Taking Our Issues East
The best part about a trip back to Washington, D.C. is coming home! We are blessed in this state to have a very accessible congressional delegation. I believe it is always good to take our issues and challenges to Washington, D.C. I recently returned from D.C., where I participated in the National Association of Conservation Districts annual legislative fly-in, and while I was in Washington, D.C. I was honored to be invited to testify at the Senate Energy and Natural Resources Committee on the Presidential Memorandum: Mitigating Impacts on Natural Resources from Development and Encouraging Related Private Investment.
The Wyoming Association of Conservation Districts (WACD) and local districts are absolutely committed to conserving and mitigating natural resource impacts. Our concern is with the lack of consultation with existing efforts related to state and local level approaches and further top down requirements that may or may not fit local conditions and situations and have the real potential to be used in a manner that would stymie our access and use of our natural resources.
A full version of my testimony, as well as other the other witnesses who testified, is available at energy.senate.gov/public/index.cfm/hearings-and-business-meetings?ID=E445AAA0-CDB2-47FE-B73E-34A9E0A50F63.
I also had the opportunity to visit with our delegation and their staff on priority issues to WACD both at the state and national level. We certainly communicated the importance of several funding issues and policy matters. One that we were able to convey is the position of our national association opposing the Waters of the U.S. rule and their support of efforts to withdraw the rule. This policy was passed, in no small part due to our WACD Director Brian Lovett’s efforts in February at our national convention in Reno, Nev.
At a state level, we continue to be concerned with the lack of funding to get Wyoming’s soil survey completed. This has become increasingly important as the development of ecological site descriptions is dependent upon a soils survey, and sage grouse management strategies are going to be dependent upon ecological site descriptions. It’s been years in the making, and we really just need to get the soil survey done in this state. Other parts of the country are on their third and fourth iterations of their soil surveys, and we are still working to get our first done due to funding limitations. We have a dedicated team of soil scientists. We just need to accelerate their efforts with an increase in funds.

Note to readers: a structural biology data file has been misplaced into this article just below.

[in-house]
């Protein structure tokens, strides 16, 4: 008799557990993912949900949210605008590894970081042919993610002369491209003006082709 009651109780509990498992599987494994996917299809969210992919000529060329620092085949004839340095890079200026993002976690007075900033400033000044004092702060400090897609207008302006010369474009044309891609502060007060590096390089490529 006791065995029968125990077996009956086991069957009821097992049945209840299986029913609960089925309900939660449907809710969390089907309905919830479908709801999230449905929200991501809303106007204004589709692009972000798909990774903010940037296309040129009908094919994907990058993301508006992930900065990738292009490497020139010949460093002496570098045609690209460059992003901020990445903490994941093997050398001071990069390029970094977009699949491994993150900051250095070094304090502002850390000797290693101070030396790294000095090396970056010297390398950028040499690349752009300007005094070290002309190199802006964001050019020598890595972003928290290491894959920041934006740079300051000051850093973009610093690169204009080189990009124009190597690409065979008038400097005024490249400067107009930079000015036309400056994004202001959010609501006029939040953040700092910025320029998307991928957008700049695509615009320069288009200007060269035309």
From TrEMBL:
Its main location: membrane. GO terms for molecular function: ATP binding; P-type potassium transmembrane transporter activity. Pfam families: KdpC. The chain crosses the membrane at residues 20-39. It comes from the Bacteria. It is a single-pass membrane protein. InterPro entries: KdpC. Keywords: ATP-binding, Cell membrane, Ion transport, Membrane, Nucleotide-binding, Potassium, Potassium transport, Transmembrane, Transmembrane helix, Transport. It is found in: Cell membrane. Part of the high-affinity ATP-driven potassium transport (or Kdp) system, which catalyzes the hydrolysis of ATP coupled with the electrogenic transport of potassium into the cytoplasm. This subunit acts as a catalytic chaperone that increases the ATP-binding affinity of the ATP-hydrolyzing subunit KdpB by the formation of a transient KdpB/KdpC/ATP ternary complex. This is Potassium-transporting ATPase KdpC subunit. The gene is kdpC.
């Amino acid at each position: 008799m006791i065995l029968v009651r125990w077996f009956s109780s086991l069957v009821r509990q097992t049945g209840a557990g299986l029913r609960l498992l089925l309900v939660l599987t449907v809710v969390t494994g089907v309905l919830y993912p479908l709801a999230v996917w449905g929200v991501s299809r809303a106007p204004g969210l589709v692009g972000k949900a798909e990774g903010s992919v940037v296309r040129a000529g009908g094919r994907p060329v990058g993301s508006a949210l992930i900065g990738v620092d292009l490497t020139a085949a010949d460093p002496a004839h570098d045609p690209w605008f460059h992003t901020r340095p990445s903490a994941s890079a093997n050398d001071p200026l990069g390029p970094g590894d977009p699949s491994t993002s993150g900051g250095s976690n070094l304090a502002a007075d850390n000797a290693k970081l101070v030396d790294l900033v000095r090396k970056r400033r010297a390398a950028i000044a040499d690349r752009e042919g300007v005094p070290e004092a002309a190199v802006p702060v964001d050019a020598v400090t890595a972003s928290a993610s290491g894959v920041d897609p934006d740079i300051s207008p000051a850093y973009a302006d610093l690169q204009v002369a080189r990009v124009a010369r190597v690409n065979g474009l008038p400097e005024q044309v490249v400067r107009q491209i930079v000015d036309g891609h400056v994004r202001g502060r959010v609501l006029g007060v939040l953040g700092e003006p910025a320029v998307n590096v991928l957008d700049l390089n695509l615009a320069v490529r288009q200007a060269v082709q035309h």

We also discussed the continued importance we place on the technical assistance provided by USDA Natural Resources Conservation Service (NRCS) field personnel. These are the folks, like your district conservationist, range conservationist and engineering technician, who come out to your place and provide valuable suggestions on resource management. They are the backbone of the NRCS.
Another important outcome of my trip back to D.C. was gaining support from our national organization for Sen. John Barrasso’s “Federal Land Invasive Species Control, Prevention and Management Act.” We applaud Sen. Barrasso for leading this effort and Sen. Mike Enzi, who is also a sponsor on the bill, to get invasive species management on federal lands addressed.
Lastly, we stressed the importance of gaining recognition of the impact predators are having on our sage grouse populations, more specifically ravens. Research results from a study that has been conducted over the past several years spearheaded by the Meeteetse Conservation Districts and support from several other basin districts and entities have provided evidence that this is an issue that must be tackled.
I left D.C. with one last thought – just how grateful we should all be to Congressman Cynthia Lummis for her years of service to Wyoming while she represented us in D.C. This will likely be my last time visiting her in D.C. in her capacity as Wyoming’s lone member of the House of Representatives. She has been a stalwart advocate and champion for issues important to Wyoming and her natural resources and those who depend upon them. WACD is thankful for her efforts, especially to bring transparency to the Equal Access to Justice Act and the payments made to entities under that Act as well as her efforts on the Endangered Species Act.